Parents of young children know the humbling and often humiliating experience of watching their children grow through microphases. Your infant seems to fall asleep best when you feed her right before bed, dress her in a snug onesie, and put one pacifier in her hand and another in her mouth while you rock her and play lullabies from your phone. The pattern works for a week or a month, maybe two. Then it doesn’t. She pulls at her onesie and doesn’t want to be rocked. Now she hates the pacifier, or maybe she wants one pacifier for each hand. You go crazy wishing she could communicate her desires, but she doesn’t yet have the words. Just when you think you’ve figured out the secret sauce of feedings and naps, something changes.
Such is the exasperating life of a parent, and also of a pastor. In ministry life, it’s just when you think you’ve figured out how to run your membership classes, lead your elder board, or put on vacation Bible school that something changes. The methods that worked last year don’t bear fruit this year. To say these thorns and thistles annoy pastors doesn’t do the experience justice. Pastoral ministry requires continually level-setting our expectations to the way of the cross and trusting this is best.
Pastoral ministry requires continually level-setting our expectations to the way of the cross and trusting this is best.
Grains of Wheat Must Fall and Die
Even when ministry seems to go well, I’m often surprised at how much death comes with living for Jesus—death to our pride, death to our flesh, death to our human ingenuity, death to our rosy expectations.
In John 12, people came to the disciples and said, “We wish to see Jesus” (John 12:21). Jesus responds in a way that must have felt somewhat cryptic at the time: “The hour has come for the Son of Man to be glorified,” he said. “Truly, truly, I say to you, unless a grain of wheat falls into the earth and dies, it remains alone” (John 12:23–24). Jesus then adds words more familiar to us from their repetition across the Gospels: “Whoever loves his life loses it, and whoever hates his life in this world will keep it for eternal life” (v. 25).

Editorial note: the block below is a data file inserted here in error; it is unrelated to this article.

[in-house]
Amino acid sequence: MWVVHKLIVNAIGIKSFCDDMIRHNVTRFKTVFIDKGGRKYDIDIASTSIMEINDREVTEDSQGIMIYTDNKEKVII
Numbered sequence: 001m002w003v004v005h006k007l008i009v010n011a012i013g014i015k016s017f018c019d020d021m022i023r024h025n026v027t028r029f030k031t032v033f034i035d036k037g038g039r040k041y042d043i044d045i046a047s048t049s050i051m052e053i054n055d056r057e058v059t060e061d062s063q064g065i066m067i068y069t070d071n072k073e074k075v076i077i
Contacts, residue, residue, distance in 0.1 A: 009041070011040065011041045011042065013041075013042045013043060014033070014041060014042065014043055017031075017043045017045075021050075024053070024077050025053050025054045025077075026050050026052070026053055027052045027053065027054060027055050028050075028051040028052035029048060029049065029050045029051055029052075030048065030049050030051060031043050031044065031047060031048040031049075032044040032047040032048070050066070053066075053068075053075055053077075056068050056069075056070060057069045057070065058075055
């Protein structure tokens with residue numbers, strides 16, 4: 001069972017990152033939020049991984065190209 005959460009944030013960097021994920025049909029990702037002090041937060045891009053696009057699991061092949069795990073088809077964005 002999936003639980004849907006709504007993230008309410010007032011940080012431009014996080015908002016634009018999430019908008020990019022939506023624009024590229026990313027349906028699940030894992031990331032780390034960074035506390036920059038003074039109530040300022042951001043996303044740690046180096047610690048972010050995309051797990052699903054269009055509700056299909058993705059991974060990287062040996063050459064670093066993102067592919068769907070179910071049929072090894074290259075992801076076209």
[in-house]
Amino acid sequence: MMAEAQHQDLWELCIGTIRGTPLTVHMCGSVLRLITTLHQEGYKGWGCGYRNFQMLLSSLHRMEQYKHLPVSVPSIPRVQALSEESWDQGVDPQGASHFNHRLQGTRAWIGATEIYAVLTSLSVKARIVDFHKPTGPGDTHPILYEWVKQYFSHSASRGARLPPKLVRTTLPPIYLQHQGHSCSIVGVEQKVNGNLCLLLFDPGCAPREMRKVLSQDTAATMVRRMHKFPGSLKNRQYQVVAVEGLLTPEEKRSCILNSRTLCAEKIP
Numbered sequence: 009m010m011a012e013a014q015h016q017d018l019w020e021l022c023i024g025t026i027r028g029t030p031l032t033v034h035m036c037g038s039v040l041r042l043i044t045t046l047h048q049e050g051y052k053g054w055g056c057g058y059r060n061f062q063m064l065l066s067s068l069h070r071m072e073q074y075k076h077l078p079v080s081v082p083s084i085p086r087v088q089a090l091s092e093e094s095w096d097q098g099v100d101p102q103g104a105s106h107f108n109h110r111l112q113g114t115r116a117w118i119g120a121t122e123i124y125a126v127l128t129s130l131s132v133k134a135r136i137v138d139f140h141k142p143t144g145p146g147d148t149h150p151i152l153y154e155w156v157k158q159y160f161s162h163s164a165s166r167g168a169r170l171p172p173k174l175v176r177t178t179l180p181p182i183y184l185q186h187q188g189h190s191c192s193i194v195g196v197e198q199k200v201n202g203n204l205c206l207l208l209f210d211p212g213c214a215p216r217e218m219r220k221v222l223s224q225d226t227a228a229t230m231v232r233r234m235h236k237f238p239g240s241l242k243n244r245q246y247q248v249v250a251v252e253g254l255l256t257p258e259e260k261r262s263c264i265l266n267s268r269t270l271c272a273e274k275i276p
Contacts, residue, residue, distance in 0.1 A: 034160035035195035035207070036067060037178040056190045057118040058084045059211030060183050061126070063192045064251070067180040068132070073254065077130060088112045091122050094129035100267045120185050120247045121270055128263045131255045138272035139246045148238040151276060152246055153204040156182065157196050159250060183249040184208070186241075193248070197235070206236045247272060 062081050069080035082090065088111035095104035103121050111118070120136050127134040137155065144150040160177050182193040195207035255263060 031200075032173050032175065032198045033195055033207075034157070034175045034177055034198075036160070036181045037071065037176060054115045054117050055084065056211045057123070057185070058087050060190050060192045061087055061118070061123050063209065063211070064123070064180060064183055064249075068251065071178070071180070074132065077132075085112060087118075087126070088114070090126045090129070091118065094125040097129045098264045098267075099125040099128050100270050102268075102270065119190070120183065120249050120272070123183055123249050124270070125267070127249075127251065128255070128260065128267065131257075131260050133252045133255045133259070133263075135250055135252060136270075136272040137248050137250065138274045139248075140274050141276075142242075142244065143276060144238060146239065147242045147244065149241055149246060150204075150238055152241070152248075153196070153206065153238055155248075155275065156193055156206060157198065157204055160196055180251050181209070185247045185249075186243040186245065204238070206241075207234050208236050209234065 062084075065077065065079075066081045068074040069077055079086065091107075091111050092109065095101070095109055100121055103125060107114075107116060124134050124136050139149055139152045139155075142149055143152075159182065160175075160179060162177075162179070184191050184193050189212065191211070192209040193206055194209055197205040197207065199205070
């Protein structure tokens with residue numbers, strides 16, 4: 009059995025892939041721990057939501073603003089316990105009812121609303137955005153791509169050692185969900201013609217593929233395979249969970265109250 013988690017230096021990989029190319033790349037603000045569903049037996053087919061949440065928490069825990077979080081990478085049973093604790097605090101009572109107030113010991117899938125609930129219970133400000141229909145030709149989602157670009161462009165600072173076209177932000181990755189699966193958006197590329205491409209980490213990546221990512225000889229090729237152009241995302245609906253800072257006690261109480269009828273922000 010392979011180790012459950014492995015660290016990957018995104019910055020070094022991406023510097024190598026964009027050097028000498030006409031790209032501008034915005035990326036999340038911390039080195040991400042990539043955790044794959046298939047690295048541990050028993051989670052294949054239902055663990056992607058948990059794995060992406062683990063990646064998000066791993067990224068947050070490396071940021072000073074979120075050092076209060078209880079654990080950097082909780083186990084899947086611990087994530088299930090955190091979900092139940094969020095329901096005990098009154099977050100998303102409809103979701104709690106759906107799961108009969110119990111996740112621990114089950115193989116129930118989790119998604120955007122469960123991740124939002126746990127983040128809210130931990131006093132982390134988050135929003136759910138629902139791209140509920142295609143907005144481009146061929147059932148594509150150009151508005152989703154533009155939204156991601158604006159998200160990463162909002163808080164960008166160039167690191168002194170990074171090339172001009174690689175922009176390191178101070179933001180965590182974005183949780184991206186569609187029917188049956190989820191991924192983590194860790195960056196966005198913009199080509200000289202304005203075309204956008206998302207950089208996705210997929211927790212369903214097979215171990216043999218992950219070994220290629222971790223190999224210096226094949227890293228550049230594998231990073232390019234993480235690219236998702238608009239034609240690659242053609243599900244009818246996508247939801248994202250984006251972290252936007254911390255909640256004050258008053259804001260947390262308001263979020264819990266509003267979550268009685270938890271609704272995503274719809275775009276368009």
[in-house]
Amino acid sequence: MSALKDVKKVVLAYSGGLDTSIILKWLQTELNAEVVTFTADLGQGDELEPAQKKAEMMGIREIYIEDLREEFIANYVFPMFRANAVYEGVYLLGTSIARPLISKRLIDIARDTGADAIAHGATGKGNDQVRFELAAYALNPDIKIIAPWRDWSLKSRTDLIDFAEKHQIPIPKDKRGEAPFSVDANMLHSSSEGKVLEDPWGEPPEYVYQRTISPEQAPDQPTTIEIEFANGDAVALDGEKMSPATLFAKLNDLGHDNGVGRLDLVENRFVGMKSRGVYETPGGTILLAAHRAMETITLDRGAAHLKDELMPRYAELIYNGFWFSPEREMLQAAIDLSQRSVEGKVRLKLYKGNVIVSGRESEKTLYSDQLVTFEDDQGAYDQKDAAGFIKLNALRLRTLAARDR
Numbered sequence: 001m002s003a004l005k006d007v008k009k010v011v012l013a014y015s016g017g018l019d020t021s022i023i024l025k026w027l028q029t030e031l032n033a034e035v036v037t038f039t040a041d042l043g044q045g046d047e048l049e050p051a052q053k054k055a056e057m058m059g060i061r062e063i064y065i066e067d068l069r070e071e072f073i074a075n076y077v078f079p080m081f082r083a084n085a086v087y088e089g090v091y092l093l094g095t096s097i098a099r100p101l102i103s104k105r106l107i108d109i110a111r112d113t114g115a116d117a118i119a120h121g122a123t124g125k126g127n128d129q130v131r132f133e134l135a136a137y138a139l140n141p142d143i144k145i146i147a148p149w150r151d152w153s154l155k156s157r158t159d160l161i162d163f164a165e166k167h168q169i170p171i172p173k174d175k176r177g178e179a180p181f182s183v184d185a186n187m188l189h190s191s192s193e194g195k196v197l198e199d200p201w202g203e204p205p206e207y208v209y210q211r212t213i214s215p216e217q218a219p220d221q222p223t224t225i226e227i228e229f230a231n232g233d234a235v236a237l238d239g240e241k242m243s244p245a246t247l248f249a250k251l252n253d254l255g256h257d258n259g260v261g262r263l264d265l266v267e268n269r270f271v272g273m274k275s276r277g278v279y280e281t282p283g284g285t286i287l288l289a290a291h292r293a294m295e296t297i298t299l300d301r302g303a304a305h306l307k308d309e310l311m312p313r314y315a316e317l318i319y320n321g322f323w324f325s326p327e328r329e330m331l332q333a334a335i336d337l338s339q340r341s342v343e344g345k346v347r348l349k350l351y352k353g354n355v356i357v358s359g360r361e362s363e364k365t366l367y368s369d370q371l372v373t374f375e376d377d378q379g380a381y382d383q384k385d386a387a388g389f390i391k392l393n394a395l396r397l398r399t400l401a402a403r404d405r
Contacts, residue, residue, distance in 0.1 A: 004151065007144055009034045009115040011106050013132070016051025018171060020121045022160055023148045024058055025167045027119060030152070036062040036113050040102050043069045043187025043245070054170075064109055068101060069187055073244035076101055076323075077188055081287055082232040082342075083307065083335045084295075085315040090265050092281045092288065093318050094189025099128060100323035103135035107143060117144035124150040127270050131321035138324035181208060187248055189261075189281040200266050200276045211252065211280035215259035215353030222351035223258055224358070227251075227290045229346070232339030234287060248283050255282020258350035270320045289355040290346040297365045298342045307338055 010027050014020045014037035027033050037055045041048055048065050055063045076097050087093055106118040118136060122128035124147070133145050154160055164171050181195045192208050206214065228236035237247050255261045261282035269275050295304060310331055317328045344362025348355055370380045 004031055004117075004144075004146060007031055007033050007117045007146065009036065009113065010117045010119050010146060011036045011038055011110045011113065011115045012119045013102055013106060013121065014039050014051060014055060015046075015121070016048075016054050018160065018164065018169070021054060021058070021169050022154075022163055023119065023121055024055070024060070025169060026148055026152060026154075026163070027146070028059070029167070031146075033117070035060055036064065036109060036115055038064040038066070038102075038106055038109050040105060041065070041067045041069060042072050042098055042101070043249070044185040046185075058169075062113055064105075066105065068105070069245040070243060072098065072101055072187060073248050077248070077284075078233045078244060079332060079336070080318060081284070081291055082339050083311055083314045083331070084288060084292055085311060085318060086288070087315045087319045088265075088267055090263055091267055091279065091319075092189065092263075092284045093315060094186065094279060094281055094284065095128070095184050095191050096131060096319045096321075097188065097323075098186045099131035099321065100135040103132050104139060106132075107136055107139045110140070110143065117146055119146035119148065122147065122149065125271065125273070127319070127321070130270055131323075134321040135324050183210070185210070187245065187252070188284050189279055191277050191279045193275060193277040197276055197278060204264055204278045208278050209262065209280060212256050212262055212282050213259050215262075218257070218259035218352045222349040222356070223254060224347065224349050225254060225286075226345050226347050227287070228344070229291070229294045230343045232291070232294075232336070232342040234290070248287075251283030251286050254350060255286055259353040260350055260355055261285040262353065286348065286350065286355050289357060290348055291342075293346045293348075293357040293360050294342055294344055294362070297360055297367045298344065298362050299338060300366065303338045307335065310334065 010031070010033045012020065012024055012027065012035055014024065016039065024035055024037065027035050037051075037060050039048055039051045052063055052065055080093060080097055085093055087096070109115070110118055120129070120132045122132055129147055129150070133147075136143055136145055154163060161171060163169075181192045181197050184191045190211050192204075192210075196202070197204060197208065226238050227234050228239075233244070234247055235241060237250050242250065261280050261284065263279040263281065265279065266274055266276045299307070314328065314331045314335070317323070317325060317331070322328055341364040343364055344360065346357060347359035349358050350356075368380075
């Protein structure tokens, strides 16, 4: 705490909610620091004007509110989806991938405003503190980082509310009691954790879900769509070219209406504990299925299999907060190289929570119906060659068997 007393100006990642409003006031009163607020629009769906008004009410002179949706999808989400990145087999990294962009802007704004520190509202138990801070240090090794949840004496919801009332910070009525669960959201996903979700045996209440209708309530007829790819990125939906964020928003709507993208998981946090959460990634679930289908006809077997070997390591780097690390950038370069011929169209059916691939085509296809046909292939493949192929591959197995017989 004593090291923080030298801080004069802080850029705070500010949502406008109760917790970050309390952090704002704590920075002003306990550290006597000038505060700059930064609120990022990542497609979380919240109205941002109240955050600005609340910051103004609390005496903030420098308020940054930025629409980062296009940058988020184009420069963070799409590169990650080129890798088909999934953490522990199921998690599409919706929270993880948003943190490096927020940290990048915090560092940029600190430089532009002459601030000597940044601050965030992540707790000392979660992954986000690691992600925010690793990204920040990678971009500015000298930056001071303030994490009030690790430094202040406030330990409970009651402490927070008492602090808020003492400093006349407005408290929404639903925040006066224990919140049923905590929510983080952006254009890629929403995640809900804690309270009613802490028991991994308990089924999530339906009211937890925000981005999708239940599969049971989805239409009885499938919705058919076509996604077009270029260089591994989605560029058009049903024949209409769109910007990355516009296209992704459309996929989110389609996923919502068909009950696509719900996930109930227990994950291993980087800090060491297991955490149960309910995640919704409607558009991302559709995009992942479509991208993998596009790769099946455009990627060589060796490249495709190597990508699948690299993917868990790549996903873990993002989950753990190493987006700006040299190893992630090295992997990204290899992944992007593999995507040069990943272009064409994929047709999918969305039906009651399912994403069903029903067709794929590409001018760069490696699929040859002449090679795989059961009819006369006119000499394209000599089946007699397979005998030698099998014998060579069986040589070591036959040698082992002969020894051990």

As much as I’d prefer the Christian life to be easy and perpetually life-giving, I often feel more like a grain of wheat who knows he needs to die but doesn’t love the experience of getting poked deep into the soil and buried alive.
Before I became a lead pastor, I served as a connections pastor at another church, a role focused on hospitality and getting members involved. You’d think the experience would give me an advantage as I advise the connections pastor at our church. In some ways, it does. I can relate to feeling like a Christian dating app as I attempt to assemble the varied personalities in a church into harmonious small groups. I can relate to the struggle of always having more willing participants than willing leaders; the harvest of signups is plentiful and group leaders are few.
But I find that the longer the pastor works in his role and I in mine, the fewer practical steps I can give him. I don’t know the secret sauce of getting people involved in a church—maybe because it doesn’t exist or maybe because once you learn the secret, it will change in the next season. And I don’t know how to make newcomers feel welcomed except to actually welcome them in my heart.
A large part of me wants to be able to give life hacks, or connection hacks, as it were. Instead, I must give my presence and affection, and these are harder to give; they require death. I can easily share an organizational leadership nugget, but to share presence and affection means sharing my whole self. And to do that, I must fall to the ground and die.
When Grains of Wheat Die, They Live
We often romanticize the early church, yet upon close examination, their experience of ministry involved a lot of death. The apostles preached glorious revivals where several thousand were saved, only to discover that widows were starving because they had no system in place or personnel commissioned to distribute food (Acts 6:1–6). How humbling, even humiliating.
But Jesus’s call involves humiliation. It involves honestly owning our limits and weakness. And when we do, his words also contain promises: Those who continually lose their version of the supposed “good life” find the true and greater good life (John 12:24–25). The grains of wheat that die bear much fruit. Those who humbly serve the Son receive the Father’s honor (v. 26).
Jesus’s call involves humiliation. It involves honestly owning our limits and weakness.
In other words, death before life is the way of Christ’s kingdom. As the gospel expanded across the Roman Empire, it spread through Christians with thorns in their sides and with power made perfect through weakness (2 Cor. 12:9). Churches were planted, as they always are, by pastors dying daily, considered as sheep to be slaughtered (Rom. 8:36). And any pastor or Christian who continues to die today, trusting Christ for tomorrow’s needs, will live another day and another year, bearing much fruit.